A generation ago, women and men hardly spoke together publicly at all. And no one, not even girls and women, discussed the taboo subject of female genital mutilation. But in community conversations, people discussed the effects of the practices, as well as other sensitive social issues. “There is bleeding when females are mutilated. I have heard about many experiences of cut women like my mother and the consequences of being cut,” said Abebe.
These sorts of frank exchanges have been a key element of the campaign to change longstanding traditions with deep roots in the local culture. And the discussion facilitators “are not coming in and saying, ‘Do this, don’t do that,’” Abebe says. “They just guide the community to identify their own problems, discuss and provide solutions.”
As it now stands, Abebe says he prefers to marry an uncut woman. “Even my friends nowadays are looking to marry uncut girls rather than cut ones.
“I don’t have a sister,” he added, “but if I had one I’d never allow her to be cut.”
Wolde Gebremichael, 45, recalls that the initial conversations within his community about female genital mutilation were strained. “In the beginning it was difficult to change people’s attitudes,” he said. “They were not accepting at first.”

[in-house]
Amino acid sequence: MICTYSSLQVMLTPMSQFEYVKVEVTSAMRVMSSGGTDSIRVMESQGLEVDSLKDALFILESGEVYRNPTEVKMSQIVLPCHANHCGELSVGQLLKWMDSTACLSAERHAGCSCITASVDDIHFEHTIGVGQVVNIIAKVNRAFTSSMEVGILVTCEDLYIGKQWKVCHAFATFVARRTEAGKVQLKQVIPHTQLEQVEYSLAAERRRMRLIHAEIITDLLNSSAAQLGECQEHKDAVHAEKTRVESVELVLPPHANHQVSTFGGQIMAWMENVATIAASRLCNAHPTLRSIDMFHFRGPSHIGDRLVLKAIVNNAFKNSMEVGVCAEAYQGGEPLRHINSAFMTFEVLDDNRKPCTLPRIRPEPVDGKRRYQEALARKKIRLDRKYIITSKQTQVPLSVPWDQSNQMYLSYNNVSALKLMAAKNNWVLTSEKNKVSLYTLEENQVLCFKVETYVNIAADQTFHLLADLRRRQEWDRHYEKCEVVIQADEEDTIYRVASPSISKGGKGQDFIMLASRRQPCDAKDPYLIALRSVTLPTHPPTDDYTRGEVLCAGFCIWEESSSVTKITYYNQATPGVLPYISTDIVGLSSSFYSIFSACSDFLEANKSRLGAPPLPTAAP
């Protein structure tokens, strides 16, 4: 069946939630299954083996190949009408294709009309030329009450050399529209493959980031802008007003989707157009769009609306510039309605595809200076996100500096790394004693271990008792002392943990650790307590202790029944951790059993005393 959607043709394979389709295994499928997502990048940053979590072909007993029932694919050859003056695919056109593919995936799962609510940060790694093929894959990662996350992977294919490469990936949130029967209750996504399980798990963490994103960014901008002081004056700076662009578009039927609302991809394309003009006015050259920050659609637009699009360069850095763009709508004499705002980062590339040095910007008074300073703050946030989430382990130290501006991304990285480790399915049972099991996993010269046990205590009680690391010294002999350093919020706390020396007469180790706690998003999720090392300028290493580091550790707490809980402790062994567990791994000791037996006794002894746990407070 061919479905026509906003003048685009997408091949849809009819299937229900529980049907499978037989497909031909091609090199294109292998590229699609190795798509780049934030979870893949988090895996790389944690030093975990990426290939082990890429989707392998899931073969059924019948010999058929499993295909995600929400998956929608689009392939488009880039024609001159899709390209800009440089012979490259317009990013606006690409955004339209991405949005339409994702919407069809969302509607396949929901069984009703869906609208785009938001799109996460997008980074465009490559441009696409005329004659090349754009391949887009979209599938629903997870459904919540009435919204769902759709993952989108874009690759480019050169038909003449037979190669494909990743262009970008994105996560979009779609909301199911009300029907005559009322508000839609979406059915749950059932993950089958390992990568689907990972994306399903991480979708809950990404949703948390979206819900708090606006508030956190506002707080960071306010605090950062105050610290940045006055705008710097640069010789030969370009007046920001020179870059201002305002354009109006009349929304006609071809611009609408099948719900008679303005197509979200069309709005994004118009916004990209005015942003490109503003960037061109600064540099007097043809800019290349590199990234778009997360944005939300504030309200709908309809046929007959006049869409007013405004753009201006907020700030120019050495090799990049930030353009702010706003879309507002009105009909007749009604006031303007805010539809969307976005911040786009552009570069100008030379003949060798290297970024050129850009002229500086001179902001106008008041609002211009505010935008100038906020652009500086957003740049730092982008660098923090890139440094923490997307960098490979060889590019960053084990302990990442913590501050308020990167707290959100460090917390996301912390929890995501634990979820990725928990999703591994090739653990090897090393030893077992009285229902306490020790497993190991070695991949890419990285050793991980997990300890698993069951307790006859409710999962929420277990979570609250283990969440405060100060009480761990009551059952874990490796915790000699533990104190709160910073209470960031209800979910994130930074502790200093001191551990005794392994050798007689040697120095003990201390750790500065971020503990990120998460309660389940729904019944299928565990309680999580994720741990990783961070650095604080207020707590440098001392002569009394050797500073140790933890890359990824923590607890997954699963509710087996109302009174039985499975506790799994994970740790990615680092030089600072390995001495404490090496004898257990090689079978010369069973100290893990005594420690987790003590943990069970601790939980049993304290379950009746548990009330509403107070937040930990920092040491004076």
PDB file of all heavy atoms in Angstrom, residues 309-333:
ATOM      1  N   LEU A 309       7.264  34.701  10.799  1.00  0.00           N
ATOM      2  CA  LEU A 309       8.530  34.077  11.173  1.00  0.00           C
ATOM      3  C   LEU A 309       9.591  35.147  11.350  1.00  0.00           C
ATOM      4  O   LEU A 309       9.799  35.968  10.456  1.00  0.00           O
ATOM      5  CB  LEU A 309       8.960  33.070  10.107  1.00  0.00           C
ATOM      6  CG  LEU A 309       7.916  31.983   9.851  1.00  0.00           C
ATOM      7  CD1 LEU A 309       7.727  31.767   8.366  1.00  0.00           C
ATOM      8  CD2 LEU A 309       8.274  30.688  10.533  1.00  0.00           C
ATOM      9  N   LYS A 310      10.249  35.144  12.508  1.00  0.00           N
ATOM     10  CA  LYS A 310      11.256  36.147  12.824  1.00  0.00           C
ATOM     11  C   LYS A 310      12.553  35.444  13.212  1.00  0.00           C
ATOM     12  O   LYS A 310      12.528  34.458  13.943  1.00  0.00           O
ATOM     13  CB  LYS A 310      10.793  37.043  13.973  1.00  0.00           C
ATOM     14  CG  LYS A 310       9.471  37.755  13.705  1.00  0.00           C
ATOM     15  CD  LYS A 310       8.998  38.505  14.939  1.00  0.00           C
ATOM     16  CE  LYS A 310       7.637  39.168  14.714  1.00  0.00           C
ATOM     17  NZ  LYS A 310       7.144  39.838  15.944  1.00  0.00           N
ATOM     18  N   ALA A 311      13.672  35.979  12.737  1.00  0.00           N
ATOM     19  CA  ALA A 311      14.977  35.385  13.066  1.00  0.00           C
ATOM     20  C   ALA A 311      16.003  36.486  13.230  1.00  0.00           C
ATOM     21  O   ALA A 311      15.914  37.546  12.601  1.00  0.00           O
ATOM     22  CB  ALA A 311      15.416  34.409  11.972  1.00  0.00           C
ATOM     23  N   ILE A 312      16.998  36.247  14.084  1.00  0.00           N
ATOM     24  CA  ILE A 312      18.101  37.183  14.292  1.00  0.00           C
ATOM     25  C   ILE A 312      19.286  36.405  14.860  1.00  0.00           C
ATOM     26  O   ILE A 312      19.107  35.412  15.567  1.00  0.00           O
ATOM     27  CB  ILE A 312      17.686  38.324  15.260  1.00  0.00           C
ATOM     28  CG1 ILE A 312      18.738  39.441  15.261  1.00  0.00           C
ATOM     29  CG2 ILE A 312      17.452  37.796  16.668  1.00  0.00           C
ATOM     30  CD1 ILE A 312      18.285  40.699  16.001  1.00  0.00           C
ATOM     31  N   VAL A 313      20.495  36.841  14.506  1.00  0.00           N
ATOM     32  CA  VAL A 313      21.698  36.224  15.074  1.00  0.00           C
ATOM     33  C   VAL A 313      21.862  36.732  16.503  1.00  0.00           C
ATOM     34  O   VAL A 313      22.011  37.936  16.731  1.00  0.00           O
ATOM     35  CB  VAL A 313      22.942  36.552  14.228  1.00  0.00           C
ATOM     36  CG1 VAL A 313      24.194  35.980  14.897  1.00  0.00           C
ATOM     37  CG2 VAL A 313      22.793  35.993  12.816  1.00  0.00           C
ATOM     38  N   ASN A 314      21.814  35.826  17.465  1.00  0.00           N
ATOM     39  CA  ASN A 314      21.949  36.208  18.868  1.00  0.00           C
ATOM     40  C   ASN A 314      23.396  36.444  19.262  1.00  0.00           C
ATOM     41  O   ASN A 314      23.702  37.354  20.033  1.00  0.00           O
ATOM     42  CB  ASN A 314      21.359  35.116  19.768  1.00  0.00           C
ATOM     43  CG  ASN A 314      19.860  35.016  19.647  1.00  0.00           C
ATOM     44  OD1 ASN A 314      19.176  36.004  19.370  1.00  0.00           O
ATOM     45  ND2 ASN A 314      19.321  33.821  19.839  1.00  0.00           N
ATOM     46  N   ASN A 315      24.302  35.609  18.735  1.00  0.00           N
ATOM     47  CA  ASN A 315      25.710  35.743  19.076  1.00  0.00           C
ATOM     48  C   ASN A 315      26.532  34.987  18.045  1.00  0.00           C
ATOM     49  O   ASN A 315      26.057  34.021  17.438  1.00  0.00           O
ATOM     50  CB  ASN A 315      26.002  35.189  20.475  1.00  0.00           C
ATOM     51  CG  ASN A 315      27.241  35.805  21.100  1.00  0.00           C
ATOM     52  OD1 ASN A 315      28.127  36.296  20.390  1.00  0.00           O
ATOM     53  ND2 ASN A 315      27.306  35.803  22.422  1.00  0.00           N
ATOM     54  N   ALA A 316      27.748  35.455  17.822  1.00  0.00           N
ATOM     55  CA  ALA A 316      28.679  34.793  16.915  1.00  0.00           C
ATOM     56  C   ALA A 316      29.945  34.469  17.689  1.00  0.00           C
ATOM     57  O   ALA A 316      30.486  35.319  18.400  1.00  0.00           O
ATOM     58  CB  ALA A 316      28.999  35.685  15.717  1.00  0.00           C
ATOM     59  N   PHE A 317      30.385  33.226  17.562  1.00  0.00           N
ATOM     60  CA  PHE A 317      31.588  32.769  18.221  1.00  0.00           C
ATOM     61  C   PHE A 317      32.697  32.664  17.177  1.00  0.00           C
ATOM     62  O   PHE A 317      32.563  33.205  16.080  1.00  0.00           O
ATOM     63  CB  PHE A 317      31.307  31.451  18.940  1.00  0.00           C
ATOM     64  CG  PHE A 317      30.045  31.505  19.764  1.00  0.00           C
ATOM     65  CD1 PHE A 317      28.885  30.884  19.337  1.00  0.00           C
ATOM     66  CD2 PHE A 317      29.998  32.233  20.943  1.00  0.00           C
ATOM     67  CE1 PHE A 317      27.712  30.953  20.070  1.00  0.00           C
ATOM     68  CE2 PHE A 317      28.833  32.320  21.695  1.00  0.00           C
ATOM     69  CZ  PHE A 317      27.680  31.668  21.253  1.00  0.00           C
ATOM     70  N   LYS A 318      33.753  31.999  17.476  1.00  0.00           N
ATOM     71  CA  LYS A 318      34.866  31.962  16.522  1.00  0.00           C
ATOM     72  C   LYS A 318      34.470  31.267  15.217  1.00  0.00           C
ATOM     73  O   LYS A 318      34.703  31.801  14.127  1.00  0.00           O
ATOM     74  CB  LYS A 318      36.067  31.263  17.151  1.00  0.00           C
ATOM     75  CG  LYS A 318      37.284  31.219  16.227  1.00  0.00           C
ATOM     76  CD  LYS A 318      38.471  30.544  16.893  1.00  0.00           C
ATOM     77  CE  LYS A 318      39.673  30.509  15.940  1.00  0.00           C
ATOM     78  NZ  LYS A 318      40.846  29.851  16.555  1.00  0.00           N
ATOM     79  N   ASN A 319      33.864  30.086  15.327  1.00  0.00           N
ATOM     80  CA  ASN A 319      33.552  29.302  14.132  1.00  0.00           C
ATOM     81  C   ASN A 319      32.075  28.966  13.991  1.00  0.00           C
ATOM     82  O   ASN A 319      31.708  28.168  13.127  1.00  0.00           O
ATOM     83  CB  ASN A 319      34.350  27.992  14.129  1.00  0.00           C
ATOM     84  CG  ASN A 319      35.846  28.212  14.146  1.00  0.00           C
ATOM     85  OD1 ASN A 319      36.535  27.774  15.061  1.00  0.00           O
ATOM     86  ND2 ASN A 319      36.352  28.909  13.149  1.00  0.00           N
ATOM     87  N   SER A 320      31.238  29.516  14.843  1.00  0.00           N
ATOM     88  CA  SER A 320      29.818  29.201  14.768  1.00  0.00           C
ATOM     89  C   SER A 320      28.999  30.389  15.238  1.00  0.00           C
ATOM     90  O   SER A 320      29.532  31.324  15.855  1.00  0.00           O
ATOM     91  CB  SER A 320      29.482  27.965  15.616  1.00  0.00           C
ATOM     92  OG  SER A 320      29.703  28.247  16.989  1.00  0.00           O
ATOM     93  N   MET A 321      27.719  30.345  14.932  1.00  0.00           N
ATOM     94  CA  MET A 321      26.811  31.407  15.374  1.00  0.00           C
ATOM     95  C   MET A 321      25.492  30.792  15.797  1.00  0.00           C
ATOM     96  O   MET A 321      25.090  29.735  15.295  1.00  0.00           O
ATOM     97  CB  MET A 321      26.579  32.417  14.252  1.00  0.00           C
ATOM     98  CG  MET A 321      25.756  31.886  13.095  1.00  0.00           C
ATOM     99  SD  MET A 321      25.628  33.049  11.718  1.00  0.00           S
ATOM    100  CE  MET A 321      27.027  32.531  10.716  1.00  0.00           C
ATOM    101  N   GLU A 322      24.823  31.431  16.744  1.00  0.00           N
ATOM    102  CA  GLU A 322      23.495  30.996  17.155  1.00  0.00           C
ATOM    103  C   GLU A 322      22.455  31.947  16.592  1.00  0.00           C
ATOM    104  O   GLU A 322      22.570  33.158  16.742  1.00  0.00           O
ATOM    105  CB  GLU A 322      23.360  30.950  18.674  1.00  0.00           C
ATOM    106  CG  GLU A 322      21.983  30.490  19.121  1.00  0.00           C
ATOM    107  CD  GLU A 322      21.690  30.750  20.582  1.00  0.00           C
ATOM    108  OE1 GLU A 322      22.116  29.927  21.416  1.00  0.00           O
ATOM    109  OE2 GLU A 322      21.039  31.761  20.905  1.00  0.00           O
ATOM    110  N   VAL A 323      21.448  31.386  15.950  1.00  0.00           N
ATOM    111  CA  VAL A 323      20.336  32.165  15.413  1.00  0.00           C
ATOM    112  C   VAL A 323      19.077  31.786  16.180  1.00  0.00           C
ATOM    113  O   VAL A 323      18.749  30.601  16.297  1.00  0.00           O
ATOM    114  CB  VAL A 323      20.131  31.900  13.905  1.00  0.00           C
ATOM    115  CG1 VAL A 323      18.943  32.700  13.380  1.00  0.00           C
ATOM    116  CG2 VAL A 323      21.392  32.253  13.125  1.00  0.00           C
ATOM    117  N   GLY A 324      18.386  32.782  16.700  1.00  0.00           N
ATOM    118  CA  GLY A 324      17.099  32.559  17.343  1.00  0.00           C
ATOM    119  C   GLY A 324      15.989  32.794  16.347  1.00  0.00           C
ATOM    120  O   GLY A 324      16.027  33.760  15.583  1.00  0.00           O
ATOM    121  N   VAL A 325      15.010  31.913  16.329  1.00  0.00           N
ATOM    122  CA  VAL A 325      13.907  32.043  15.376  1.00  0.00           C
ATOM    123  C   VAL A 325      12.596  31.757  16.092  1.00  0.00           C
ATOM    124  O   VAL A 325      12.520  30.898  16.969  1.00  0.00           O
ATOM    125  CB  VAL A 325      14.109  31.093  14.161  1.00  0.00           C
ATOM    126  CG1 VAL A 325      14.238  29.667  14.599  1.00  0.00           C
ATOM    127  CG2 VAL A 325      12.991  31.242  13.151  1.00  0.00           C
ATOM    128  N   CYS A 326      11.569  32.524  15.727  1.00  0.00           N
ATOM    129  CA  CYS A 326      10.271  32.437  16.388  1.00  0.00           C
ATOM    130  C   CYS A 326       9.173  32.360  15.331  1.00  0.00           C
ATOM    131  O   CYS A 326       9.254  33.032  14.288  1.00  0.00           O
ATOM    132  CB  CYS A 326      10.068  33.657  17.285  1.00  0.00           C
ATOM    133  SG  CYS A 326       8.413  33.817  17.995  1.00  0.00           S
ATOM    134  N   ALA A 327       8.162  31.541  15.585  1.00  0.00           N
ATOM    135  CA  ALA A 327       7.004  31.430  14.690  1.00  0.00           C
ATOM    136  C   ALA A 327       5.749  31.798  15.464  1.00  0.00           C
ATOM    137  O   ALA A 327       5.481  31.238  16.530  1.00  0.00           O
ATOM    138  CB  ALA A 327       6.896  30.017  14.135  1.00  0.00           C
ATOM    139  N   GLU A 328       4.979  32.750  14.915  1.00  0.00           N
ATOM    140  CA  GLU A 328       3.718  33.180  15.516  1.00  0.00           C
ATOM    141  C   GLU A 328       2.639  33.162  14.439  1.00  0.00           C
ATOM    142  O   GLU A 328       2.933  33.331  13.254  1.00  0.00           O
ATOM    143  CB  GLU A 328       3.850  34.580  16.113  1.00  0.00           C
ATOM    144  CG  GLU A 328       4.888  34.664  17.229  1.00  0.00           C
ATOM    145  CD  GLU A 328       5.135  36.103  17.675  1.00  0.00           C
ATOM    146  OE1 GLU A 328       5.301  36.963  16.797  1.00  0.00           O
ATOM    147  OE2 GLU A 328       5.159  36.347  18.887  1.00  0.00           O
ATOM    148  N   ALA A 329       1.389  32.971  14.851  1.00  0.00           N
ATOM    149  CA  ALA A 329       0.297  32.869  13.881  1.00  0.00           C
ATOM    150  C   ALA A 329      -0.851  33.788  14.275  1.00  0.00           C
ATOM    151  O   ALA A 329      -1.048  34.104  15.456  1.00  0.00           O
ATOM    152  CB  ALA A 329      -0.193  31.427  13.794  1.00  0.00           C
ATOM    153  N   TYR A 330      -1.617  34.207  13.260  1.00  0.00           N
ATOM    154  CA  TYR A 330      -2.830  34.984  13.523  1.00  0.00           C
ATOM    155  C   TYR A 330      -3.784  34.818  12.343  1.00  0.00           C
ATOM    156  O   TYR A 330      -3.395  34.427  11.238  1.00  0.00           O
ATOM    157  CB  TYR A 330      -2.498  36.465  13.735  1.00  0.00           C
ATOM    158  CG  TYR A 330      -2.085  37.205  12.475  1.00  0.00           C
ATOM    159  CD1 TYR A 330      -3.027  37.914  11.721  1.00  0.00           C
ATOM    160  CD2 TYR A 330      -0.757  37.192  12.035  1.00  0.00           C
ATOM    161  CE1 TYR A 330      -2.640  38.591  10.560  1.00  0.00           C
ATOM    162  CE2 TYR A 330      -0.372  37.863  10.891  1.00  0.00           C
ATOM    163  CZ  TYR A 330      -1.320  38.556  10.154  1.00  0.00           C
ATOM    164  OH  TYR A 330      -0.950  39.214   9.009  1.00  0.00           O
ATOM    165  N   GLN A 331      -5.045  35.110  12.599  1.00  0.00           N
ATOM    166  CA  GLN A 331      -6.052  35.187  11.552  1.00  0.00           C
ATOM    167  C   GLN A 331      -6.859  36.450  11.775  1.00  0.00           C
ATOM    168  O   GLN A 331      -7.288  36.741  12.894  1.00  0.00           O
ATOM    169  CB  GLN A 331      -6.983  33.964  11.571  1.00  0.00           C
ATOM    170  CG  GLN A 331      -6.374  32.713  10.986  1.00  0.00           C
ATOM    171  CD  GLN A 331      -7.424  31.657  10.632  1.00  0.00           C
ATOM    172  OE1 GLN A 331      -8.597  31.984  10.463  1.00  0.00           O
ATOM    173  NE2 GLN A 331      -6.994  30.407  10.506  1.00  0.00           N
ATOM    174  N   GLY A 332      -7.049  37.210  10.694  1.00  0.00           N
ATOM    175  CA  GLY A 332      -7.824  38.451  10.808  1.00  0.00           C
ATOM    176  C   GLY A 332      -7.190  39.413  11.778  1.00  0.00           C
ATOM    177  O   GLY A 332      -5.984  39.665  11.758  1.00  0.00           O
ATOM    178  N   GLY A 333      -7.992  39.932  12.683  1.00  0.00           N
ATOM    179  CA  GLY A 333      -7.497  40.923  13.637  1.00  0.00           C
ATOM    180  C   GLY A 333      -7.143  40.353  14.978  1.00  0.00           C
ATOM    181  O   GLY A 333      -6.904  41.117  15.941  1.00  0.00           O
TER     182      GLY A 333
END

Ensuring that both women and men were able to participate in equal numbers was important, as was getting church leaders like Gebremichael on board. (I met Gebremichael as he was returning from church on Sunday.) Before groups like KMG start working in a community, they must reach out to influential people, including local religious leaders and government administrators. In some instances, religious leaders reported being surprised to learn that genital mutilation is mentioned in neither the Bible nor the Koran, and that it has no religious mandate.
The results of this kind of knowledge sharing are easy to identify, Gebemichael says — including a healthier population of women. “Before, I knew so many mothers who died while giving birth. There was a lot of bleeding and health related complications.”
There have also been major social changes, especially in relationships between men and women. Previously, “the wife just brought the food, gave it to her husband and went back to the kitchen. Women were like cattle,” he remembered. “Now women and girls come together in church, public areas and discuss equally with their husbands.”
He added that before, men kept their family’s money in a locked box. “The wife never had the right to touch that money. Nowadays, the wife and husband try to use money equally.”
Bekelech Balecha, a 45-year-old farmer, welcomed community conversations when KMG started working in Bona. “I was the one clapping; I accepted them because I knew all the problems,” she said. Balecha was 23 when she was cut without anaesthesia. Her family was one of the few in this community that did not have their daughters undergo genital mutilation when young. Her father worked with foreign missionaries and knew that the practice was harmful. But Balecha voluntarily underwent the procedure before marriage because her now-husband insisted on it. “For a week I couldn’t sleep, I couldn’t even eat, couldn’t walk,” remembered Balecha. “It was the most horrible experience of my lifetime.” Later, she experienced complications during three days of childbirth. If not for a Swedish clinic nearby, she could have died.